Want to Learn about the Nigerian Canadian Muslim Association?Written by Chelby Daigle
Muslim Link is starting a series of profiles about ethno-cultural Muslim community associations across Canada. We feel this is a great way to help our community become more informed about our diversity and complexity.
Here we interview Yoruba Nigerian Canadian Suliya Mazou about her involvement in the Nigerian Canadian Muslim Association in Toronto.
Tell us about yourself
My name is Suliya Mazou- I am a third-year university student majoring in Global Health. My dream job is to become a human rights lawyer working on an international scale.
I am a second generation-Nigerian Canadian. I am very passionate about community empowerment and encouraging a sense of belonging for young black youth.
I organize various events for my community – such as a sister’s circle for young girls, march break camps and lectures throughout the year and an annual camping trip that’s coming up in August.
I love watching Nigerian movies- especially Yoruba movies, meeting people and eating puff puff and plantain.
Tell us about the Nigerian Canadian Muslim Association (NCMA)
NCMA is a community in which all Muslims can come together on a common platform to worship ALLAH (swt), where the Qur’an, the Hadith; the teaching and practice of Prophet Muhammad; (P.B. U.H.), is the fundamental principle of our faith- and our congregation.
Our membership represents the diversity of ethno-cultural groups in Nigeria, but most of our members are Yoruba or Hausa people.
We hold various Islamic events throughout the year that have a nice Nigerian twist!
Why would you like to see more Muslims learn about and meet Nigerian Muslims?
Nigerian Muslims are a relatively small group in Toronto that you’ll often never meet unless you look for us. Most Muslims do not think that they exist and no we did not just convert, we’ve been followers of Islam for centuries!
Tell us more about Nigerian Muslim style
Nigerian Muslim style is modest clothing with incorporated Nigerian prints. For example, ankara- which is a traditional West African printed fabric, that is usually colourful and custom made. Women also wear these prints on their heads, often in the form of head wraps (gele) and use a larger scarf to cover the rest of their body. The wrap style of the ‘print scarf’ varies depending on ethnicity – Yoruba or Hausa.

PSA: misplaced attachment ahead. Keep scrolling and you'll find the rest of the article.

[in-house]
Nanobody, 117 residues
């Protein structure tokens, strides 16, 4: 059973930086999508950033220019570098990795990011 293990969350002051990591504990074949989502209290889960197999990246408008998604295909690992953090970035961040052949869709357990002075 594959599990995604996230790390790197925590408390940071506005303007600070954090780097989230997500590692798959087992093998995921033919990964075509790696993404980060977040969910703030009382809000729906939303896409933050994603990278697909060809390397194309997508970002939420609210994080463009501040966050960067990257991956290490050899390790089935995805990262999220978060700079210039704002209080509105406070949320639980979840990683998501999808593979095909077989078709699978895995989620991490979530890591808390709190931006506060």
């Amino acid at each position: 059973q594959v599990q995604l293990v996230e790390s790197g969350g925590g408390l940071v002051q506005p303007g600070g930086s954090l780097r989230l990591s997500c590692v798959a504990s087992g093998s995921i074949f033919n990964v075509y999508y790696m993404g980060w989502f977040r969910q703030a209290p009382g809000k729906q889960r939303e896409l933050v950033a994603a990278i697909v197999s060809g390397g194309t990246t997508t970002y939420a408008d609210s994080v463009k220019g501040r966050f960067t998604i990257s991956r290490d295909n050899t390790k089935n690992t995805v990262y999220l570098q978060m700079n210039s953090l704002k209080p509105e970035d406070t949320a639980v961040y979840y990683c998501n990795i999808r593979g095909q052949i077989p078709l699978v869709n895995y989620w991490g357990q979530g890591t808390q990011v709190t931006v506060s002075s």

During an “owanbe” – which is the Nigerian term for a party, women wear a gele. Yoruba people absolutely love geles because not only are they tied in various styles but they are an aspect of culture that make women feel beautiful no matter the occasion. The style and color of the gele can be a reflection of your mood, style or personality. Creativity is key! Also during this “owanbe”, guests usually dress in "uniformity"- the colour of their ankara, lace and gele is decided by the celebrant of the party and the guests comply. So everyone matches!
Tell us about some of the events that NCMA has organized this year
This year NCMA organized a lot of events as per its annual program. These included health day, parenting workshops, a march break camp and a youth seminar/ workshop that explored the issues of Islamophobia and bullying.
The annual health day event is usually organized by Nigerian Muslim health professionals and is very important to ensuring that our community is aware of the health resources available to them and we facilitate constructive dialogues around “taboo” subjects.
My favourite events to organize are the youth seminars and camps because these events are a part of ensuring that Nigerian Muslim youth have a safe space to be who they are and develop a sense of community. I am usually involved in all youth planning and events at the masjid- like our upcoming 2018 Summer Camp to Thousand Islands.
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